China’s relations with its many neighbors have undergone significant change over the past two years. A decade of warming relations with most of them, encapsulated in the phrase “China’s peaceful rise,” have become more complicated for reasons which have more to do with regional and global circumstances than any specific changes in Beijing’s policies.
The “peaceful rise” period dates from the 1997-99 Asian financial crisis when China was seen to be a helpful by not devaluing its currency – though it had devalued two years previously. This helped crisis countries recover on the basis of rapid export-led growth, since huge currency devaluations made their exports relatively cheap. China also benefited in the wake of the crisis from Asian resentment at attempts by the IMF and other western agencies to impose economic reforms.
The next phase of China’s “peaceful rise” was characterized by the rapid growth of trade both in anticipation of and then subsequent to its entry into the World Trade Organization in 2001. Some Southeast Asian countries worried that the massive inflow of foreign investment into China, much of it for export processing, damaged their own prospects for attracting such investment which had driven their rapid growth in the two decades before the crisis. But with their own trade with the West continuing to grow and their current account surpluses swelling, China’s rise was seen more as an opportunity than a threat.
China’s demand for raw materials began to rise, and the country started to play a much bigger role in East Asian manufacturing systems that increasingly underpinned world trade. Further strengthening ties was that China’s opening was an attraction for ethnic Chinese who orchestrate much of Southeast Asian business. For Japan and South Korea, China provided not just a new low-cost location for offshore manufacturing for export but an increasingly important market for capital goods and high-end consumer durables. For some neighbors, it also became a huge source of tourists.This period was further characterized by a gradual increase in China’s participation in regional organizations such as the Asian Development Bank.
Meanwhile, at the more overt political level, the rise in China’s stature in the region was greatly assisted by the post-2001 US pre-occupation with wars in Iraq and Afghanistan and its so-called “war on terror,” which to some critics seemed at times to be a war on Islam in general. These initiatives not only reduced the priority that the US gave to its strategic position in East Asia, but also soured relations with many of America’s traditional friends in the region. At the same time, Japan, the former major Asian power, was mired in self-doubt and economic problems, and inward-looking politics kept it from engaging with Southeast Asia as effectively as China or even South Korea.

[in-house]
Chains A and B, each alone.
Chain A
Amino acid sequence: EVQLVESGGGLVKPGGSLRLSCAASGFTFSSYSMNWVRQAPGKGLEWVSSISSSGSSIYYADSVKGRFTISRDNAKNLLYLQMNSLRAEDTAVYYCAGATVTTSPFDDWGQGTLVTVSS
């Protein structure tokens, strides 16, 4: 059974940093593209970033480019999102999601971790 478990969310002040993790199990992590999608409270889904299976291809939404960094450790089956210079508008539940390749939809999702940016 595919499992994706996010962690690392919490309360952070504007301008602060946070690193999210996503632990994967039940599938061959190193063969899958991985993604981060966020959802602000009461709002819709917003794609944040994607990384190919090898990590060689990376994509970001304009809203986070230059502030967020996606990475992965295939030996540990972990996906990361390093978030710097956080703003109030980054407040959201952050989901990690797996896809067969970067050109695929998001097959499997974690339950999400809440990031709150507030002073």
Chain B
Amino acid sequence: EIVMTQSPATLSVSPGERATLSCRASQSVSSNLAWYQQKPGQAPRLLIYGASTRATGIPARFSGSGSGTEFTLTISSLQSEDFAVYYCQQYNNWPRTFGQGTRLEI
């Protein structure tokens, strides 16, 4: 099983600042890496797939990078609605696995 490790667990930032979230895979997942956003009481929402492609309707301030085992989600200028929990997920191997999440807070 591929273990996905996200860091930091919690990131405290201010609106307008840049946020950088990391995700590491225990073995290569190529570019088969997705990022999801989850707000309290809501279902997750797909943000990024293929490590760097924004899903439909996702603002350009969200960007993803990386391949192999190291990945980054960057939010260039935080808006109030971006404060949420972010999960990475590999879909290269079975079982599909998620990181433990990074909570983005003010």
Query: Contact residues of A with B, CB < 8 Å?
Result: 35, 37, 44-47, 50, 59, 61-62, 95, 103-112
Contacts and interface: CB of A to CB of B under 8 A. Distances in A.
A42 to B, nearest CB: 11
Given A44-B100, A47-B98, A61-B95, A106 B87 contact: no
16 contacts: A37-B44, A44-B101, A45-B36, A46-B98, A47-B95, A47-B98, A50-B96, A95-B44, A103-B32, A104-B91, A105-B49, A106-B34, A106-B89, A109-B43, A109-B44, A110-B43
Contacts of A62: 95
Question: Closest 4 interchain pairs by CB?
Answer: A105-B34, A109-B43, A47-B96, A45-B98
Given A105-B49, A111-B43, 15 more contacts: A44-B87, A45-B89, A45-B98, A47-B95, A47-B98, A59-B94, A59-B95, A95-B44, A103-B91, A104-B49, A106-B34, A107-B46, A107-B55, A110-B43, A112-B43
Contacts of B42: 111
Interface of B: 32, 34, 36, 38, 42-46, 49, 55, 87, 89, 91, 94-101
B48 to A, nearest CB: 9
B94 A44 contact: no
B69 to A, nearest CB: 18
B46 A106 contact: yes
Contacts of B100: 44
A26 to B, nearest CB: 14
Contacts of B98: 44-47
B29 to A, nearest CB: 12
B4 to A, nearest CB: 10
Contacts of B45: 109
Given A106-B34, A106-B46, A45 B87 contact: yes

Other regional conflicts worked to strengthen China’s relations with neighbors. The government in Myanmar, the object of economic sanctions by western countries, naturally looked to China for political, military and trade support. China meanwhile had good reasons for cooperating, both the economic gain to be had from helping Myanmar’s central government with military equipment and development projects, and its concerns about the escalation of the problems Myanmar experienced with minority groups inhabiting regions along its border with China.
Similarly, China found not only mutual economic interests with Russia and central Asian neighbors such as Kazakhstan with their huge natural resources, but also common political interests – with the central Asian republics in combating Islamist movements and with Russia in opposing US assumptions. These interests were formalized in the Shanghai Cooperation Organization in 1996.